Black, white, grey and everything in between

"House of Cards" is a show about the scheming, conniving and manipulation that goes on behind closed doors; available on HOT and YES cable networks.

February 16, 2014 17:00
2 minute read.
House of Cards

House of Cards. (photo credit: REUTERS)


Dear Reader,
As you can imagine, more people are reading The Jerusalem Post than ever before. Nevertheless, traditional business models are no longer sustainable and high-quality publications, like ours, are being forced to look for new ways to keep going. Unlike many other news organizations, we have not put up a paywall. We want to keep our journalism open and accessible and be able to keep providing you with news and analyses from the frontlines of Israel, the Middle East and the Jewish World.

As one of our loyal readers, we ask you to be our partner.

For $5 a month you will receive access to the following:

  • A user experience almost completely free of ads
  • Access to our Premium Section
  • Content from the award-winning Jerusalem Report and our monthly magazine to learn Hebrew - Ivrit
  • A brand new ePaper featuring the daily newspaper as it appears in print in Israel

Help us grow and continue telling Israel’s story to the world.

Thank you,

Ronit Hasin-Hochman, CEO, Jerusalem Post Group
Yaakov Katz, Editor-in-Chief

UPGRADE YOUR JPOST EXPERIENCE FOR 5$ PER MONTH Show me later Don't show it again

It's a monochromatic world for the denizens of David Fincher's House of Cards. The Netflix program, which kicked off its sophomore season on Friday, depicts a world rife with expensive suits for its male politicians, form-fitting sheaths for the female ones and drab, loose sweaters for the reporters covering them.

Be the first to know - Join our Facebook page.

They all, though, abide by the same palette - blue, white, black and grey. And lots of it.

Because in House of Cards there's no room for a vibrant hint of color.

This is a show about the scheming, conniving and manipulation that goes on behind closed doors in Capitol Hill. Standing out and straying from the norm would be political suicide.

And that motto begins with the wardrobe.

In its first season, Frank Underwood, played by Kevin Spacey, was the House Majority Whip. It is a powerful position, to be sure, but the Whip's influence lurks in the shadows away from the spotlight. In season two, however, Underwood - thanks to tireless plotting and deceiving on his part - is now the Vice President of the United States.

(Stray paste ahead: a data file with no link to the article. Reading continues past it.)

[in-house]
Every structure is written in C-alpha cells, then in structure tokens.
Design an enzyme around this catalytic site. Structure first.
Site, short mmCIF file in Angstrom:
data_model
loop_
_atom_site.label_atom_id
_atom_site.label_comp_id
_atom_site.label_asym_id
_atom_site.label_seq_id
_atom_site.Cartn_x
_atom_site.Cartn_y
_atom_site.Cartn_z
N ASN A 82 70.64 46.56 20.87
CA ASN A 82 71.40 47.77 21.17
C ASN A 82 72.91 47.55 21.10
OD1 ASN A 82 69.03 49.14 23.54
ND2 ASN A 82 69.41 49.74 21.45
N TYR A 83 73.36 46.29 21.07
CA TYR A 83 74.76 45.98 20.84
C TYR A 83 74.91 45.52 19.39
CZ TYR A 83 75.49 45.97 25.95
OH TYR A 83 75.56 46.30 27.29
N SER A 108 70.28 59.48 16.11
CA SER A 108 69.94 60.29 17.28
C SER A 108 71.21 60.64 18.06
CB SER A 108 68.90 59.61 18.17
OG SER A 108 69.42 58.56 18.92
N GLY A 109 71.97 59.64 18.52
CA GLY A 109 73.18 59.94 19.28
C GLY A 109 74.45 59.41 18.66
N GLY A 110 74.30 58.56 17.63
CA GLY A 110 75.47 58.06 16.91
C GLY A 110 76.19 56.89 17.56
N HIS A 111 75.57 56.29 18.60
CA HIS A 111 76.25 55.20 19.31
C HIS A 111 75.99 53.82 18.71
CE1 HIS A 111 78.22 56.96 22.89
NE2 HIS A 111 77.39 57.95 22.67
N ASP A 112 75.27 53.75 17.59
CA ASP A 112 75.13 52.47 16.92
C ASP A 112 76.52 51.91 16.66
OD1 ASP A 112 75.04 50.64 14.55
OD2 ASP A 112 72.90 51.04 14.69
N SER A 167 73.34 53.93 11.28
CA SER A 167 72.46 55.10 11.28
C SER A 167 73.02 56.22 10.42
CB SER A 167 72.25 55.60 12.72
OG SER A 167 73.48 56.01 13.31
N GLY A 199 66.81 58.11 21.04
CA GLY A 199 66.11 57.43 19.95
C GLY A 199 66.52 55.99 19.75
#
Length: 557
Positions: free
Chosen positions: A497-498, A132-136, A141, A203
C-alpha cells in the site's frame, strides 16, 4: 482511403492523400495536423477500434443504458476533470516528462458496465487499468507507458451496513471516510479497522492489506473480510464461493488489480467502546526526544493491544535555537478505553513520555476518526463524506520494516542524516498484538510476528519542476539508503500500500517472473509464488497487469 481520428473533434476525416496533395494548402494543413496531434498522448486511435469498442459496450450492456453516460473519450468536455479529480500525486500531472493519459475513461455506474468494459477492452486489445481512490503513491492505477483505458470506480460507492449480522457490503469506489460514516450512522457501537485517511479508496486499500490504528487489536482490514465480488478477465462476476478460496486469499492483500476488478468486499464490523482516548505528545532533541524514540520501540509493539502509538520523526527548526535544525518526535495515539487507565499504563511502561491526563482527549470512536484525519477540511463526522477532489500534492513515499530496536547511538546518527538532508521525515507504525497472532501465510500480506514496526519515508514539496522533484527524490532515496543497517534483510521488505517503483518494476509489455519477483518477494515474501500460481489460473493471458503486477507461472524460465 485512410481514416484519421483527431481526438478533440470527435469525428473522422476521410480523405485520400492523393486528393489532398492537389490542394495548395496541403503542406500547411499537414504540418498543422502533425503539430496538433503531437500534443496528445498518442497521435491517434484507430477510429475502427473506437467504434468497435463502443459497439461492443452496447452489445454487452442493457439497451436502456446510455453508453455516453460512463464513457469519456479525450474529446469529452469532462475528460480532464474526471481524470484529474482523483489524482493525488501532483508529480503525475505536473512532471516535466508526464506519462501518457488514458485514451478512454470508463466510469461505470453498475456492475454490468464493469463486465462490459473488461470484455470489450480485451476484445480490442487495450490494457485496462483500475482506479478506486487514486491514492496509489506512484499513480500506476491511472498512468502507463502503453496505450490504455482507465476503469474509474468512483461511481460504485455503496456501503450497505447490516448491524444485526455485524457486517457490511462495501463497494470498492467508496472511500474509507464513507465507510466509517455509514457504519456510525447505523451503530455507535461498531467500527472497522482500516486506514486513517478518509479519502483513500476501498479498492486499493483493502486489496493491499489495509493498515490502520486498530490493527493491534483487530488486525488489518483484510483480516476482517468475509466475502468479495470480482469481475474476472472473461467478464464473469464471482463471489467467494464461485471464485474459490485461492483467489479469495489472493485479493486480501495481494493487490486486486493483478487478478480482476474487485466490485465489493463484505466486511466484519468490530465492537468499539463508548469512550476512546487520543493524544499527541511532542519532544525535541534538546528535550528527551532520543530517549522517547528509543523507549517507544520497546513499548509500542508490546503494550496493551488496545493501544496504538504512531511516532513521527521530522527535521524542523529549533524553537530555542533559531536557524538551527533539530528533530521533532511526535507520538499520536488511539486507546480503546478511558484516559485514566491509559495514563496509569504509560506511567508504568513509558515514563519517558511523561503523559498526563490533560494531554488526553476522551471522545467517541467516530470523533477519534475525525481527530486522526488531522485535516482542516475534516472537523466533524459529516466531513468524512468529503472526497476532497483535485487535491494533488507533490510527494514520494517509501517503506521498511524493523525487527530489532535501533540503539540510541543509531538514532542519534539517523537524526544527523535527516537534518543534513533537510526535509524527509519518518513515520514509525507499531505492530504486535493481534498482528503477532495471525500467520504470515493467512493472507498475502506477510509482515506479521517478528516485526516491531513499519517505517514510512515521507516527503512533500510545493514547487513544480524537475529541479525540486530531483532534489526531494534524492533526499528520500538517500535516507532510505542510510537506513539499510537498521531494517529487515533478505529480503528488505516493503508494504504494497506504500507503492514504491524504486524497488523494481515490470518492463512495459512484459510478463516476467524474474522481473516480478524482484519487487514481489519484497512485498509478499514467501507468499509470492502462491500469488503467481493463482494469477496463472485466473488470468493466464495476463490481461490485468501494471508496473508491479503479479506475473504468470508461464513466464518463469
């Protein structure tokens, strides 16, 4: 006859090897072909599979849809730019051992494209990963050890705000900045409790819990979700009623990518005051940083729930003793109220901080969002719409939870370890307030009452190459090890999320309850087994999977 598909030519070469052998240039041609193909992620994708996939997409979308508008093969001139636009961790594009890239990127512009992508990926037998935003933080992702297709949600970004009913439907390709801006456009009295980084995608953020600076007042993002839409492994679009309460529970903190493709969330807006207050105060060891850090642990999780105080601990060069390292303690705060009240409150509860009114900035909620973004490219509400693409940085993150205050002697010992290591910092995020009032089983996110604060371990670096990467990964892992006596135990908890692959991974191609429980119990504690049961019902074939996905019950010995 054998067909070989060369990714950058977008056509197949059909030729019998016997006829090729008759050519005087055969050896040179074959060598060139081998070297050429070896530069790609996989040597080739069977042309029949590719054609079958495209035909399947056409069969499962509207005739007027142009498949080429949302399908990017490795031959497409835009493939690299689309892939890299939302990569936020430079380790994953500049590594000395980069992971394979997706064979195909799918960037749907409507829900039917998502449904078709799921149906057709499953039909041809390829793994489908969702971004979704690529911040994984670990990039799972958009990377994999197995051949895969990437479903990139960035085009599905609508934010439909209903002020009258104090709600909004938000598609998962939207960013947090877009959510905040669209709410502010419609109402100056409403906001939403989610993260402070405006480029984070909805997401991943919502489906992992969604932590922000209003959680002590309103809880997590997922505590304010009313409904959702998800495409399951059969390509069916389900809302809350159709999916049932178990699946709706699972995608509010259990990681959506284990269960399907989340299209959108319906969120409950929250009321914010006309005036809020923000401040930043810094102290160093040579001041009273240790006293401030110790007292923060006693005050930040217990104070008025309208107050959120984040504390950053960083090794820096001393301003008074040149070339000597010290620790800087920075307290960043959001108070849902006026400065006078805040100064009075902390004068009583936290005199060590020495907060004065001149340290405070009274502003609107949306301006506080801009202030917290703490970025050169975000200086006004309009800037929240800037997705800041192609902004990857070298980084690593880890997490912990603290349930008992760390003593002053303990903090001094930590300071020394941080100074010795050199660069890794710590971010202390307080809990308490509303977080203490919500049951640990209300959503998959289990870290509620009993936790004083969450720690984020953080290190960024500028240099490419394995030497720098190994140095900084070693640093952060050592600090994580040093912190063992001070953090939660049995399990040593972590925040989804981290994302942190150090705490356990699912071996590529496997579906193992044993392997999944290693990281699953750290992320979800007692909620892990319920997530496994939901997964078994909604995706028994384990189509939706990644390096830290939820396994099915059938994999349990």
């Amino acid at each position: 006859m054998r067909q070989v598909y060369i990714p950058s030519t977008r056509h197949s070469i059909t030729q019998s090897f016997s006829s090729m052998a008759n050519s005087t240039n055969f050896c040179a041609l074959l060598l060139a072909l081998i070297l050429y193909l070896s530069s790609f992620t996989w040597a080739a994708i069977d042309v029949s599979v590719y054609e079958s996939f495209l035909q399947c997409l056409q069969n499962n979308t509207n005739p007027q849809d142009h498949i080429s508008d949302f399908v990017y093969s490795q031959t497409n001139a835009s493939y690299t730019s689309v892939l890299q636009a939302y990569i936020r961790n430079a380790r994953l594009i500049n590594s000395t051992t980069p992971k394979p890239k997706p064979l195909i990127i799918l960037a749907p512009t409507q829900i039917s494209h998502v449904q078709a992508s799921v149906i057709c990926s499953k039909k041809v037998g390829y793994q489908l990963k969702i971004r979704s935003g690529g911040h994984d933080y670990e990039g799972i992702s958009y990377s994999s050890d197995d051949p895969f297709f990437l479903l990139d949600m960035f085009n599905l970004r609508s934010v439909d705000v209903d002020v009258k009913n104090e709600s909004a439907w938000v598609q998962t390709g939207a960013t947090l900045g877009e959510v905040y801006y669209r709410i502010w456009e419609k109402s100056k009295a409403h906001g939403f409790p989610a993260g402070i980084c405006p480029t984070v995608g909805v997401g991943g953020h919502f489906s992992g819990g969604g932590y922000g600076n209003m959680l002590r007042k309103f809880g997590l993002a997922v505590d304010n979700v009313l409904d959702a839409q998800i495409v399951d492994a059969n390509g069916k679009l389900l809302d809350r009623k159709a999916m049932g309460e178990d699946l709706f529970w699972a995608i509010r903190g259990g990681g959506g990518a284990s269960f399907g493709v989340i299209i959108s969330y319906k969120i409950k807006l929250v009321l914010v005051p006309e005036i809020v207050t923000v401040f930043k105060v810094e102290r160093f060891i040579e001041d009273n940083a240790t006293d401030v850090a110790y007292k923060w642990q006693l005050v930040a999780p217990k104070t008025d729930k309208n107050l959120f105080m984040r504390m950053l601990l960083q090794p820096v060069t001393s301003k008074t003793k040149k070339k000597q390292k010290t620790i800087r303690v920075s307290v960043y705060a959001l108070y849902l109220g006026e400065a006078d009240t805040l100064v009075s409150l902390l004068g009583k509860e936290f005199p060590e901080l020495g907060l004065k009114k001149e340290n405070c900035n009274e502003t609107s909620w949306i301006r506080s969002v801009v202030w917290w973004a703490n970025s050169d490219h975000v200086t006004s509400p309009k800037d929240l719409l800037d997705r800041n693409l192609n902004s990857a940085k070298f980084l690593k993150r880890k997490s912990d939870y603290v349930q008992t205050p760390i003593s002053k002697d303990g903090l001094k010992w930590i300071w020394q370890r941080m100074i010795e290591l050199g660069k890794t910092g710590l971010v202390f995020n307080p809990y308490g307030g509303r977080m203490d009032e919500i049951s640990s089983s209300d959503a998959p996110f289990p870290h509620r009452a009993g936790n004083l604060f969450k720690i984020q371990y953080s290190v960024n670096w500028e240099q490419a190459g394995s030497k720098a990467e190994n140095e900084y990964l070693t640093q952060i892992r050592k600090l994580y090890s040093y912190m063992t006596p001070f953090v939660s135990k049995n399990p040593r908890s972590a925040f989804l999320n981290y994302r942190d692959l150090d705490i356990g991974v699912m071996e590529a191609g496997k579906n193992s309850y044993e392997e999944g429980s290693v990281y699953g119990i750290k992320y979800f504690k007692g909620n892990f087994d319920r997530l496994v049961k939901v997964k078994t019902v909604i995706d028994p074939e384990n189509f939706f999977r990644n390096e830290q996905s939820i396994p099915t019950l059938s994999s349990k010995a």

Without revealing too many details, there is a moment in the season premiere that is utterly shocking and makes something abundantly clear: Underwood is no longer a mere Whip, he is the Vice President.

As such, the stakes are higher and he has much more to lose. And, House of Cards, just became exponentially more riveting and suspenseful as a result.

As a technique to engage the audience, the show frequently has Underwood talking to the camera, or us, as he explains the method behind his madness. In the first episode of season two, Underwood doesn't acknowledge the audience at all until the very end, when he smoothly fixates straight ahead and says, "Did you think I'd forgotten you? Perhaps you wish I had." In some ways, this is true. This Underwood is more dangerous, more sinister than the one we've grown accustomed. But, like a moth to a flame, we're drawn to his story and his ruthless ambition to ascend to the very top of the political food chain.

"In some ways in the direct addresses I think of the camera as my best friend. You're saying things that you wouldn't say to anybody," Spacey said in an address to Georgetown University students where he explained the value added in breaking the fourth wall.

If this is true, though, Frank Underwood - with his Machiavellian-like manipulations and deception - may be the most dangerous "best friend" we've ever had.

House of Cards is available on HOT and YES cable networks.

Related Content

The International Criminal Court in The Hague
August 18, 2018
What does IDF closing Black Friday war crimes probe mean for ICC?